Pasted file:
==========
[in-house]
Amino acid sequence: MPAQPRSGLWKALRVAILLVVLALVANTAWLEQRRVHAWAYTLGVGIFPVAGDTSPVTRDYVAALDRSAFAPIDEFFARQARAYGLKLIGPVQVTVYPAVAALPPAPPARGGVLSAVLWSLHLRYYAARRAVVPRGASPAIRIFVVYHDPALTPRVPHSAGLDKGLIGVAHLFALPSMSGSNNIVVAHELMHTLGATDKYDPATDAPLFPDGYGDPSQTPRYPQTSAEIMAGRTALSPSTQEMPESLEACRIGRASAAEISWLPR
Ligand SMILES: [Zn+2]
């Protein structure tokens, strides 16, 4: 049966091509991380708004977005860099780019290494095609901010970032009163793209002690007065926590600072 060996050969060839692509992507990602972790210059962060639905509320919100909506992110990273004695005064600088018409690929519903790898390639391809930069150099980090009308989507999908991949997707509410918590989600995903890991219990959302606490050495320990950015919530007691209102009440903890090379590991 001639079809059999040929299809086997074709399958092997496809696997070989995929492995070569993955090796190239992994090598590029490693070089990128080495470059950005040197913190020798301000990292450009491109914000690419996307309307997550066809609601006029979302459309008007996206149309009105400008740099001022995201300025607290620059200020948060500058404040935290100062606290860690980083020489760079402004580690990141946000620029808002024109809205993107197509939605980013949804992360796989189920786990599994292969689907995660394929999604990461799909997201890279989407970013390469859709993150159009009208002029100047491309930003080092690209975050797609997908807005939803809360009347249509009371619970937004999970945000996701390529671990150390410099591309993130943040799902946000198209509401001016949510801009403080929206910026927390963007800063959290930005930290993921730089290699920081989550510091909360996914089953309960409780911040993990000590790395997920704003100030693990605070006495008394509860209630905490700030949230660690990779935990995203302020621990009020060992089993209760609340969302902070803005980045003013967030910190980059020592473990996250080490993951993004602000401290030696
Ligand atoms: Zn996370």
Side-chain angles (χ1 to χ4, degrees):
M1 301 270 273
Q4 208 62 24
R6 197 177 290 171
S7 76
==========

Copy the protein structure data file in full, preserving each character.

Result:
[in-house]
Amino acid sequence: MPAQPRSGLWKALRVAILLVVLALVANTAWLEQRRVHAWAYTLGVGIFPVAGDTSPVTRDYVAALDRSAFAPIDEFFARQARAYGLKLIGPVQVTVYPAVAALPPAPPARGGVLSAVLWSLHLRYYAARRAVVPRGASPAIRIFVVYHDPALTPRVPHSAGLDKGLIGVAHLFALPSMSGSNNIVVAHELMHTLGATDKYDPATDAPLFPDGYGDPSQTPRYPQTSAEIMAGRTALSPSTQEMPESLEACRIGRASAAEISWLPR
Ligand SMILES: [Zn+2]
């Protein structure tokens, strides 16, 4: 049966091509991380708004977005860099780019290494095609901010970032009163793209002690007065926590600072 060996050969060839692509992507990602972790210059962060639905509320919100909506992110990273004695005064600088018409690929519903790898390639391809930069150099980090009308989507999908991949997707509410918590989600995903890991219990959302606490050495320990950015919530007691209102009440903890090379590991 001639079809059999040929299809086997074709399958092997496809696997070989995929492995070569993955090796190239992994090598590029490693070089990128080495470059950005040197913190020798301000990292450009491109914000690419996307309307997550066809609601006029979302459309008007996206149309009105400008740099001022995201300025607290620059200020948060500058404040935290100062606290860690980083020489760079402004580690990141946000620029808002024109809205993107197509939605980013949804992360796989189920786990599994292969689907995660394929999604990461799909997201890279989407970013390469859709993150159009009208002029100047491309930003080092690209975050797609997908807005939803809360009347249509009371619970937004999970945000996701390529671990150390410099591309993130943040799902946000198209509401001016949510801009403080929206910026927390963007800063959290930005930290993921730089290699920081989550510091909360996914089953309960409780911040993990000590790395997920704003100030693990605070006495008394509860209630905490700030949230660690990779935990995203302020621990009020060992089993209760609340969302902070803005980045003013967030910190980059020592473990996250080490993951993004602000401290030696
Ligand atoms: Zn996370």
Side-chain angles (χ1 to χ4, degrees):
M1 301 270 273
Q4 208 62 24
R6 197 177 290 171
S7 76